Sunday, December 17, 2017
Beverly Hills Cop II
Just as Detroit Police Detective Axel Foley thought everything was over, the circumstances force him to go back to Beverly Hills: his friend, Police Captain Bogomil was shot and wounded while he was exploring the explosive "Alphabet Crimes", involving several robberies, and thus Axel decides to take over the investigation, together with his old friends Billy and Sargent Taggert. They discover that the mastermind behind these crimes is Maxwell, who tries to frame everything on an associate he killed in order to freely escape and sell smuggled weapons to Central America. However, in a shootout around his oil field, Axel, Billy and Taggert stop his gang.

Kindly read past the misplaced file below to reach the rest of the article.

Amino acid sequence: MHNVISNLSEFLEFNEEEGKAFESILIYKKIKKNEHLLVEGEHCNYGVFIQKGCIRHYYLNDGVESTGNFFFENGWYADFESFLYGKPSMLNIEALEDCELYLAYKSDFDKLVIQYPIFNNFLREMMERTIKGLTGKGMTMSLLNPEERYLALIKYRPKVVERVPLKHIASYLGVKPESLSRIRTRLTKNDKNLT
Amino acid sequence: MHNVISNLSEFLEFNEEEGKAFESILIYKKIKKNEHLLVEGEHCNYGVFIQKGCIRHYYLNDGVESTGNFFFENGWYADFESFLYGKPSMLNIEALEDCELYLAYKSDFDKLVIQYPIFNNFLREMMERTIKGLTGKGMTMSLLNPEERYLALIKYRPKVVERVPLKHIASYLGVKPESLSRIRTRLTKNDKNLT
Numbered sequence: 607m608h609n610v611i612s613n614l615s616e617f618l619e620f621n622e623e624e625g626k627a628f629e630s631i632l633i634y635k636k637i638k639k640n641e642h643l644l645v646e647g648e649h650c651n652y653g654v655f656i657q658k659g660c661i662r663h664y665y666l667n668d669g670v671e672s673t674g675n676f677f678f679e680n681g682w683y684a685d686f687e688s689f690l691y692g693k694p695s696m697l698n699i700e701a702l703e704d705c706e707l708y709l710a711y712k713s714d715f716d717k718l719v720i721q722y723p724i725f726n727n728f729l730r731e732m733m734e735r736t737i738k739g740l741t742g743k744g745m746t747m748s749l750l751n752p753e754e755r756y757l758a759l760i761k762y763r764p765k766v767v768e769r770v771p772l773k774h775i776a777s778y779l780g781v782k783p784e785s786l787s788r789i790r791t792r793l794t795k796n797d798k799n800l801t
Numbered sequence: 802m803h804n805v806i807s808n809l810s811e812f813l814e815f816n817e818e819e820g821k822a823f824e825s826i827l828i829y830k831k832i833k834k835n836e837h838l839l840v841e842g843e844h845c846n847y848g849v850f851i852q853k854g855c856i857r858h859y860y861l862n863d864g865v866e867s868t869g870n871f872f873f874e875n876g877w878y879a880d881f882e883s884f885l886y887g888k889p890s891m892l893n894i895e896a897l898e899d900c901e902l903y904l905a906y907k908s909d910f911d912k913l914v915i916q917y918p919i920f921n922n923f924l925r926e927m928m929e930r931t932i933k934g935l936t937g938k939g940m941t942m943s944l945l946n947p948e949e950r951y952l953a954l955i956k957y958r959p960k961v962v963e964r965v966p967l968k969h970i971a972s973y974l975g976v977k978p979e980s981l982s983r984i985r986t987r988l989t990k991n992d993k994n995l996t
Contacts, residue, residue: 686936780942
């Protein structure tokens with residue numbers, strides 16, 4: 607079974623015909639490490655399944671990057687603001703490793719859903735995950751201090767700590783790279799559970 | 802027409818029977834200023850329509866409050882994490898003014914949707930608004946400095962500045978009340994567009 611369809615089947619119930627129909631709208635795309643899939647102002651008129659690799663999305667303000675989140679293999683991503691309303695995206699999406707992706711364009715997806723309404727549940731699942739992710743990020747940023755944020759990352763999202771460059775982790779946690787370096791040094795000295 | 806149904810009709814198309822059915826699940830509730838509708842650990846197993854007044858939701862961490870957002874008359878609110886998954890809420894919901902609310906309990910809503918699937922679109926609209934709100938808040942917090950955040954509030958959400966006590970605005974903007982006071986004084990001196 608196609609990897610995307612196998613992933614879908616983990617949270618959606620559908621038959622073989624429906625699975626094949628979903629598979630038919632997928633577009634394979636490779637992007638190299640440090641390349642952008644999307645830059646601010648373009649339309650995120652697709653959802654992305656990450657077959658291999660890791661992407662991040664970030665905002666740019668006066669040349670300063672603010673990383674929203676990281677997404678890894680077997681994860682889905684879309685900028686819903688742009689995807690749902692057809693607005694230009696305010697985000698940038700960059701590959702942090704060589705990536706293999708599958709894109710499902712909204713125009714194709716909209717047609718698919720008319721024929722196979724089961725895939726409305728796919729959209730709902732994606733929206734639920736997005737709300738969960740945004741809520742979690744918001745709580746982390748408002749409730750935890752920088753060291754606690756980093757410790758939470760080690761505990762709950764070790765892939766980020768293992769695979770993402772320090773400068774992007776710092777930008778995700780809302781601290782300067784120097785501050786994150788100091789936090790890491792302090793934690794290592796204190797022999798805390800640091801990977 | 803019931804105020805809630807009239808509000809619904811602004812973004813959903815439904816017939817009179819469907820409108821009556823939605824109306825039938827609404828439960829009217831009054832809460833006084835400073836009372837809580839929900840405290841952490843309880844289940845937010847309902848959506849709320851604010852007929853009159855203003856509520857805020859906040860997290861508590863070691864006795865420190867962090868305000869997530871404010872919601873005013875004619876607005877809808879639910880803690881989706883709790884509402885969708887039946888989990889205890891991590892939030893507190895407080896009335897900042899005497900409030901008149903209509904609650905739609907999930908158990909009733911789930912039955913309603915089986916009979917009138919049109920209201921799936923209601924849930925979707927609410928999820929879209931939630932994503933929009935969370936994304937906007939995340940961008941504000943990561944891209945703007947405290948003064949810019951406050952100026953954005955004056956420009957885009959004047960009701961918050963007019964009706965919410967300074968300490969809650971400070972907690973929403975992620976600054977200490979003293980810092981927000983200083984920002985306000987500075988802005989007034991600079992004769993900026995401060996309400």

Three years after the 1st film advanced into the 6th highest grossing movie of the 80s, the producers delivered one of the most routine sequels in Hollywood history, a tiresome and inept achievement that was nonetheless still a hit at the box office. While "Beverly Hills Cop" was an ordinary story with some extraordinary jokes, and thus worth the viewers' time, "Beverly Hills Cop II" is an ordinary story with ordinary jokes. It is never a good sign in a comedy when the protagonists are laughing and chuckling more than the viewers themselves. But this nervousness of the crew is justified, since nobody prepared a good story beforehand, and thus too much of the improvisations were made on the spot, yet without any clear payoff. Even Eddie Murphy cannot save the thin story: all of his five sequences where he is pretending to be someone else are unconvincing, cringe worthy and lame (would construction workers truly just leave all of their jobs on a house unfinished and simply go home just because some random guy told them to do so, without any legitimization? Would a secretary truly believe that there is a heat-seeking missile inside a donut bag just because some guy told her so?), beneath his talent, selling him too short, whereas even other kind of jokes lead nowhere (in one desperate attempt at a cheap laugh, Murphy takes a turtle in Billy's home and asks: "Where is its penis?"). Shockingly, the first good joke appears only some 40 minutes into the film (!), when Axel observes the endlessly long legs of the very tall blond woman, Karla (Brigitte Nielsen), and nonchalantly asks: "How long does it take to shave your legs?" The only aspect of the movie that is superior to the previous installment is the crystal clear cinematography by Jeffrey L. Kimball, whereas it at least marked the film debut of comedian Chris Rock, who appears as the parking valet. Other than that, this is a sad, uninspired and forced crime film that pretends to be a comedy: it is astounding how much the characters can talk without reaching anything truly funny.